More Songs Everyone Must Hear

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The second part of The Guardian’s series, 1000 Songs Everyone Must Hear, continues with songs about heartbreak, the flip-side to its opening topic of songs about love. As I’m far more familiar with the concept of heartbreak than that of love, I was surprised that I hadn’t heard over forty of the songs on the list. I managed to find about three dozen of these without too much, er, heartbreak. You can check out five of them below.

It was great to see such an unassuming bunch of lads as Elbow walk away with last year’s Mercury Music Prize. The band formed in Bury in 1990 and it took them a while to get recognition. My Very Best comes from their third album, Leaders of the Free World

My Very Best – Elbow

Stephen Fretwell isn’t too far away from Elbow in geographical terms as he is based in Manchester, although he grew up in that bastion of rock ‘n’ roll, Scunthorpe. Emily was released as a single in 2005

Emily – Stephen Fretwell

Lua by Bright Eyes features frontman Conor Oberst on vocals and guitar. It originally appeared on their album, I’m Wide Awake, It’s Morning. In November 2004, the song reached #1 in the Billboard Hot 100 Single Sales chart. They also took the second spot that week with Take It Easy (Love Nothing) from their simultaneously released album, Digital Ash in a Digital Urn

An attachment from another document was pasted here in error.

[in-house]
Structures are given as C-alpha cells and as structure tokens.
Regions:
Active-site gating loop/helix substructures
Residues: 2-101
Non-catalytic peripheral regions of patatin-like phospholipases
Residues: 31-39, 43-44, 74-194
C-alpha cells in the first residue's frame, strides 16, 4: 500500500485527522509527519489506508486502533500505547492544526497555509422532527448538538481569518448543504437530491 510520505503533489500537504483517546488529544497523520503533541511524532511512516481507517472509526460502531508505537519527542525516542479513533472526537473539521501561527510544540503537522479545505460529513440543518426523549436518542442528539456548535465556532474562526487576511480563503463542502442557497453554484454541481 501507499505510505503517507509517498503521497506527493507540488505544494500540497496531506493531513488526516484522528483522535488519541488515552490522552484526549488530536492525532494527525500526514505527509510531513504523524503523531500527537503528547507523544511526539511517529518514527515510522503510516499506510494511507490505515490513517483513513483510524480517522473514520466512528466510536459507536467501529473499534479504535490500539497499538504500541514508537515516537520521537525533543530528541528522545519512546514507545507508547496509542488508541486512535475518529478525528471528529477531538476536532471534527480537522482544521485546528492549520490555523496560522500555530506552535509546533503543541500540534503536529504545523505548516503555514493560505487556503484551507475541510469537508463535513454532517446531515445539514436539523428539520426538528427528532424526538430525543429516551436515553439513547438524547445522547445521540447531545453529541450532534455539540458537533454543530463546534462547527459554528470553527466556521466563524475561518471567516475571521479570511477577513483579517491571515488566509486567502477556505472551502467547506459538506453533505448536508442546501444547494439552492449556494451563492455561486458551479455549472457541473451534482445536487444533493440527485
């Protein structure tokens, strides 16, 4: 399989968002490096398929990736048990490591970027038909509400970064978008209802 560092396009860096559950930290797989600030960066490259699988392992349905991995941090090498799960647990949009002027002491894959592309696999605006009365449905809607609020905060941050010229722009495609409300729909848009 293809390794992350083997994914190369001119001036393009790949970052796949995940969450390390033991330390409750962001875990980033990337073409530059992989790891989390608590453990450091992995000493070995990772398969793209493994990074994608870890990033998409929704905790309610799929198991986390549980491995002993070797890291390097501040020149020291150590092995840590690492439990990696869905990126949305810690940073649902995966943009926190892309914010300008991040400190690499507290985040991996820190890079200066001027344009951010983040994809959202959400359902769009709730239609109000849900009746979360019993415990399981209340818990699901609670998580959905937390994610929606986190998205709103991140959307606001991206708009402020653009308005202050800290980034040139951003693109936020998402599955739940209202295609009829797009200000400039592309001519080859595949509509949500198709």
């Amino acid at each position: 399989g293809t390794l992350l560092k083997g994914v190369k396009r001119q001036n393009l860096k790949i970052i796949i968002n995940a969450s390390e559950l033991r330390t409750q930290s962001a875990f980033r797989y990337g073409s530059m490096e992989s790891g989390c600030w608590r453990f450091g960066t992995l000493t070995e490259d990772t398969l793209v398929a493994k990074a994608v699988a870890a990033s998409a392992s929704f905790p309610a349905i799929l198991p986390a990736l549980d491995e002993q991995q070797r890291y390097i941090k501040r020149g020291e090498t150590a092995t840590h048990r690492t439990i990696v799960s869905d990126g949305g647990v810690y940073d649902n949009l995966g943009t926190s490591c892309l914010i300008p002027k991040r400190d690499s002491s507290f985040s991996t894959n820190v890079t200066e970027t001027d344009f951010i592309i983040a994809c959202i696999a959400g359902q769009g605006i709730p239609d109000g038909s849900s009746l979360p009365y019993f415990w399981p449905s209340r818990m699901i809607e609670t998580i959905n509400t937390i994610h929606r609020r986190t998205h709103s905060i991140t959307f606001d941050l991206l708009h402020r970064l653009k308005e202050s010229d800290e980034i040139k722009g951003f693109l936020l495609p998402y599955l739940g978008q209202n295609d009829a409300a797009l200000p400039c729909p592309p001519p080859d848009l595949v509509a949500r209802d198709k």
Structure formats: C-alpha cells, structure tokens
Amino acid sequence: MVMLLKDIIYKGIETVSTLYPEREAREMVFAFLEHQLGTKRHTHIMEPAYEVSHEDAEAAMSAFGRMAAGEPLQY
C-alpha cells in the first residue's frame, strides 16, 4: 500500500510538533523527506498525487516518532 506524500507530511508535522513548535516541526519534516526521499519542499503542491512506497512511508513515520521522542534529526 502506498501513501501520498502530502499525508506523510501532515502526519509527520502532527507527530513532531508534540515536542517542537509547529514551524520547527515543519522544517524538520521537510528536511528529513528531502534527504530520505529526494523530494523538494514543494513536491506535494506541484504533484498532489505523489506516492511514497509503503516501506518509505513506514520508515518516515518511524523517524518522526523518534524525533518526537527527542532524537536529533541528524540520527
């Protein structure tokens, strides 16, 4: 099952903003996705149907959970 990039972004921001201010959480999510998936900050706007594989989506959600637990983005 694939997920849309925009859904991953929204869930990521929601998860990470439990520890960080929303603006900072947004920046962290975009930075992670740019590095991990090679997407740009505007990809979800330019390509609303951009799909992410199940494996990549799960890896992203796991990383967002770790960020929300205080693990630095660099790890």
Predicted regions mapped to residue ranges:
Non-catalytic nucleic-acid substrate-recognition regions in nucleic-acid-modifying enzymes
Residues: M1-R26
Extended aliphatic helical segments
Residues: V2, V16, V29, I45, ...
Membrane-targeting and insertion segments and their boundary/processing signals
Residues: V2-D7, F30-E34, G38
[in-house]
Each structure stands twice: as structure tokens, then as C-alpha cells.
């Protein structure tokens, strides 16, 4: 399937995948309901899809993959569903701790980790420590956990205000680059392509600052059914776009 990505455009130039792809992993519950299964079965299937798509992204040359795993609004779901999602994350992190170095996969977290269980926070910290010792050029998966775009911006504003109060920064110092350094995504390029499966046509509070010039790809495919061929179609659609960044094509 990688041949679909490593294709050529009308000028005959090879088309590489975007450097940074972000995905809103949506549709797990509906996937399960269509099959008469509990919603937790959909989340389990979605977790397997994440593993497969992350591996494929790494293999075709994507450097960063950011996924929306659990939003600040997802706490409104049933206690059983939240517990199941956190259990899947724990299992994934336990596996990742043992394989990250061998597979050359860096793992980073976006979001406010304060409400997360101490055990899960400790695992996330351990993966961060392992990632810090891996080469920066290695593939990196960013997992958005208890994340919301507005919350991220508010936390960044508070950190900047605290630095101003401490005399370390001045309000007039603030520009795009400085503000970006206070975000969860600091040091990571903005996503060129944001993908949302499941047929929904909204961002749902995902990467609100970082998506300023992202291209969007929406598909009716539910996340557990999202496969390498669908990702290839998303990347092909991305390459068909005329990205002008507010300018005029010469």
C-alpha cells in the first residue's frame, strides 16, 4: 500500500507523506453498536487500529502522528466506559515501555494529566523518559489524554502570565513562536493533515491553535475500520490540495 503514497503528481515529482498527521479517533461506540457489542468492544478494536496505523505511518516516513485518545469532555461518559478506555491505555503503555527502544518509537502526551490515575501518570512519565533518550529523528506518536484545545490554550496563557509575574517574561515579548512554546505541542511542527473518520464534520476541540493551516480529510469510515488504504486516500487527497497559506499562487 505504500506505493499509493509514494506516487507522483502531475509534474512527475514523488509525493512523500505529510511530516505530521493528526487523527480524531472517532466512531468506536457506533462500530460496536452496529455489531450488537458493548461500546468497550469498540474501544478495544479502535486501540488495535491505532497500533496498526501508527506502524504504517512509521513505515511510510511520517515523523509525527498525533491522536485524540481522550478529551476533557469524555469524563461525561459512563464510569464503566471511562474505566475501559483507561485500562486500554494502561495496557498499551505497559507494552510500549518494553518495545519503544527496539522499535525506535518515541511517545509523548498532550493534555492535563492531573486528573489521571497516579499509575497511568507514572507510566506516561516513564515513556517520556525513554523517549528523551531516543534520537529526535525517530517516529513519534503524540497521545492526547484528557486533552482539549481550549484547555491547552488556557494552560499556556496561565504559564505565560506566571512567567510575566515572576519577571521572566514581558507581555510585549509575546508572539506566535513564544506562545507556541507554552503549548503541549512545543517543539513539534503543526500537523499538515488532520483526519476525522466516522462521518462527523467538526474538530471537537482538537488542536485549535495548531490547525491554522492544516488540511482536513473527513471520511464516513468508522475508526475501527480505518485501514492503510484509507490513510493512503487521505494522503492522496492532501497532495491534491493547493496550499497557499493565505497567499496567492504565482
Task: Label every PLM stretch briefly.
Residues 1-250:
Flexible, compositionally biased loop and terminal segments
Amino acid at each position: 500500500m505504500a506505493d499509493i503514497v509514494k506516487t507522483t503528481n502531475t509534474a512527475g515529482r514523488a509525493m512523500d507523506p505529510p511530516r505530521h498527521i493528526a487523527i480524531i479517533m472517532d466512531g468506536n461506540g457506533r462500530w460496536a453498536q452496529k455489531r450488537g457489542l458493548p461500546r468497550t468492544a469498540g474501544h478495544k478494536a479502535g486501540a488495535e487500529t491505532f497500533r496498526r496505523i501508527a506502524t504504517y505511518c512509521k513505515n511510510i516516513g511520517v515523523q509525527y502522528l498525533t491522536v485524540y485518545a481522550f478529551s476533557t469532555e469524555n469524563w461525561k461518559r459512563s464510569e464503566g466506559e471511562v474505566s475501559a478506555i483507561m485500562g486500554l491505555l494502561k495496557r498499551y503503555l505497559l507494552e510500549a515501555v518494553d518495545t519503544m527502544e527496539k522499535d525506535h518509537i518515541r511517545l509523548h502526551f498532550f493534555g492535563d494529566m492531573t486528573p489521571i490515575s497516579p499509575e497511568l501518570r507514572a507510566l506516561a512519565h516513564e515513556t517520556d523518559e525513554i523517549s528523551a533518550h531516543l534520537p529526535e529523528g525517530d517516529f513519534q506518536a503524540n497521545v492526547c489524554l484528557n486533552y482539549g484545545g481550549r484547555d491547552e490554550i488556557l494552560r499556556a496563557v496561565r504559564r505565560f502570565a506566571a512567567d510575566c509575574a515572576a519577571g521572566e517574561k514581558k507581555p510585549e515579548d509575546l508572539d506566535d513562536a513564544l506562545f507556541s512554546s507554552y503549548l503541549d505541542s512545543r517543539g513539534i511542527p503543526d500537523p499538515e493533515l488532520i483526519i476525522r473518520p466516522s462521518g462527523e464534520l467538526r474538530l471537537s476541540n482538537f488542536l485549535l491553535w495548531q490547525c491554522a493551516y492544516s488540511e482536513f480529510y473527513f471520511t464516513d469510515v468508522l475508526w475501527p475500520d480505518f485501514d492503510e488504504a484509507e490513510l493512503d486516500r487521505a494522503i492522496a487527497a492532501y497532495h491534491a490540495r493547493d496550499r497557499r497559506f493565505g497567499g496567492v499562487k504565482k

Lua – Bright Eyes

Bonnie ‘Prince’ Billy is the Kentucky-born singer-songwriter and occasional actor, Will Oldham. Bed is for Sleeping comes from an album he did in 2005 with Matt Sweeney called Superwolf. This is a live version

Bed is for Sleeping – Bonnie ‘Prince’ Billy

The Mountain Goats is primarily composed of lead singer and guitarist John Darnielle and bassist Peter Hughes. No Children comes from the 2002 concept album, Tallahassee, a themed collection featuring the “Alpha couple”. This song is angrier than the preceding ones on this list

No Children – The Mountain Goats

1000 songs everyone must hear

Heartbreak: part two of 1000 songs everyone must hear

The 9 songs that I haven’t heard from the Guardian.co.uk list of 145

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